Background: It has been hypothesised that cerebral palsy (CP) and other congenital anomalies are attributable to feto-fetal transfusion problems in a monochorionic multiple gestation. Thus more than one organ could be compromised leading to the coexistence of two or more anomalies in a fetus. Such anomalies in a singleton birth may be attributable to early demise of the co-conceptus as a vanishing twin.
Aim: To determine whether the coexistence of congenital anomalies and CP is greater than a chance finding by comparing the prevalence of congenital anomalies in children with cerebral palsy with that in the general population of children.
Methods: a population based register of children with cerebral palsy born 1966-1991 in the counties of Merseyside and Cheshire comprised the index population. Coexisting congenital anomalies were recorded. For comparison the population prevalence of congenital anomalies was obtained from 8 congenital malformation registers in the United Kingdom.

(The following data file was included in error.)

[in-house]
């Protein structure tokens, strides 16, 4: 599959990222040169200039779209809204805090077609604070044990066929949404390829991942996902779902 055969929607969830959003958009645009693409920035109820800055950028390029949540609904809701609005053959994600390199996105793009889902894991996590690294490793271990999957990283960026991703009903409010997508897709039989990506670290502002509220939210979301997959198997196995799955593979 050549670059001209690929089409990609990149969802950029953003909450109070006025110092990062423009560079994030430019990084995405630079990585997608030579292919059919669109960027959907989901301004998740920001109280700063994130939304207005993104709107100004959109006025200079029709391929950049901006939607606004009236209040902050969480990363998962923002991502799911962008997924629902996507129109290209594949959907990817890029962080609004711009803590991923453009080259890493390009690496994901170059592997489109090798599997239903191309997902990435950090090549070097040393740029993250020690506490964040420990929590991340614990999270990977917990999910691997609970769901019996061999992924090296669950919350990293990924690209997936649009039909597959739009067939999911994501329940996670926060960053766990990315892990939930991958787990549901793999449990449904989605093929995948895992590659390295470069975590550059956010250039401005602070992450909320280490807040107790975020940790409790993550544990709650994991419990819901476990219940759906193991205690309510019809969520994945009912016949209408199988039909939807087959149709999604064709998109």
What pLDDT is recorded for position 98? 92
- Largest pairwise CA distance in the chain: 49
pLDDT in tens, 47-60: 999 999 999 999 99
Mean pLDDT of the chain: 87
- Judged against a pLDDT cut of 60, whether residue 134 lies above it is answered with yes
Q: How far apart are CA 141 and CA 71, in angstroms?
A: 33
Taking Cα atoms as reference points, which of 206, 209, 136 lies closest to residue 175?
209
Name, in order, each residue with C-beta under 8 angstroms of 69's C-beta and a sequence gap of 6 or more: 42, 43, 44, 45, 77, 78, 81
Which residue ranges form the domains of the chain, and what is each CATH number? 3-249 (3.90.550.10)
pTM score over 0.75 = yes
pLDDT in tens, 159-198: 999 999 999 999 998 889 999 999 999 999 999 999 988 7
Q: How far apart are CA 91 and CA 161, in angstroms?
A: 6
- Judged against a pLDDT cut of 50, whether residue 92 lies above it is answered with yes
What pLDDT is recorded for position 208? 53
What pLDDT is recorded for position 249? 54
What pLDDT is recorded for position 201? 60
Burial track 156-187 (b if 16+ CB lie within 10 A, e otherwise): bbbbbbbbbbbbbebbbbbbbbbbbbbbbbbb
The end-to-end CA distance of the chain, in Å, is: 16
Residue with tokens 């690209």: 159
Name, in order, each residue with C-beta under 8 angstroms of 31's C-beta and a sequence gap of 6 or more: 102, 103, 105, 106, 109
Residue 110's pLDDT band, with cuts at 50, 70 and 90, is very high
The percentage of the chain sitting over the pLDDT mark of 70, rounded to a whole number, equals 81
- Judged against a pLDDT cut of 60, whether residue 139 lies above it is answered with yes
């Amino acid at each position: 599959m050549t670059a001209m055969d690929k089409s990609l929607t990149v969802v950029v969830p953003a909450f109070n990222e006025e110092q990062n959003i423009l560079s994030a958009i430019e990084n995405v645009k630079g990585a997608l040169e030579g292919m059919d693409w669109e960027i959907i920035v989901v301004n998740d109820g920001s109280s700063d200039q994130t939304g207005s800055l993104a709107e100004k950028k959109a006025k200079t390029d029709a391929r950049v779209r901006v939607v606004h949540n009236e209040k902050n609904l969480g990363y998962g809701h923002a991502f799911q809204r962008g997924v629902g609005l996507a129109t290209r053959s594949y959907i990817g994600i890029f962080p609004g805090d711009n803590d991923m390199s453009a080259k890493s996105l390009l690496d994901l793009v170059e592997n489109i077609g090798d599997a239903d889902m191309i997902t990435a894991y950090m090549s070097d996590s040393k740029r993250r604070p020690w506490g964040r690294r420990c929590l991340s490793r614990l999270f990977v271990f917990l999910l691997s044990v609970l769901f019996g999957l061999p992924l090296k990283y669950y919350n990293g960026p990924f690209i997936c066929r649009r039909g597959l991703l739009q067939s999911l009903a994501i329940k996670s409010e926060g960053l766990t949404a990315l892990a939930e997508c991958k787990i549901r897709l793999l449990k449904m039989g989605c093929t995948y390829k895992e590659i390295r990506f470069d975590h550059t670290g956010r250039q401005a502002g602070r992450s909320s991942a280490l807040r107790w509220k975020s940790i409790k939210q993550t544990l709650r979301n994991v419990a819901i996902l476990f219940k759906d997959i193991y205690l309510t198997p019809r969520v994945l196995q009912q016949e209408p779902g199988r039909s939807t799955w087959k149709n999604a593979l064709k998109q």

Results: children with cerebral palsy have highly significant increases in risk for microcephaly, isolated hydrocephaly, congenital anomalies of the eye, congenital cardiac anomalies, cleft lip and/or palate, atresias of the oesophagus and intestines, congenital dislocation of the hips and talipes. The relative risks ranged from 3.1 (95% CI 1.9 to 4.8; p<0.01) for congenital malformations of the cardiac septa to 116.0 (95% CI 84.0 to 162.3; p<0.0001) for microcephaly.
Conclusions:Congenital anomalies in children with CP are found much more than expected by chance. A common pathogenic mechanism may account for the coexistence of disparate congenital anomalies. An hypothesis is proposed for such a common pathogenic mechanism.
- Cerebral palsy
- Congenital anomalies
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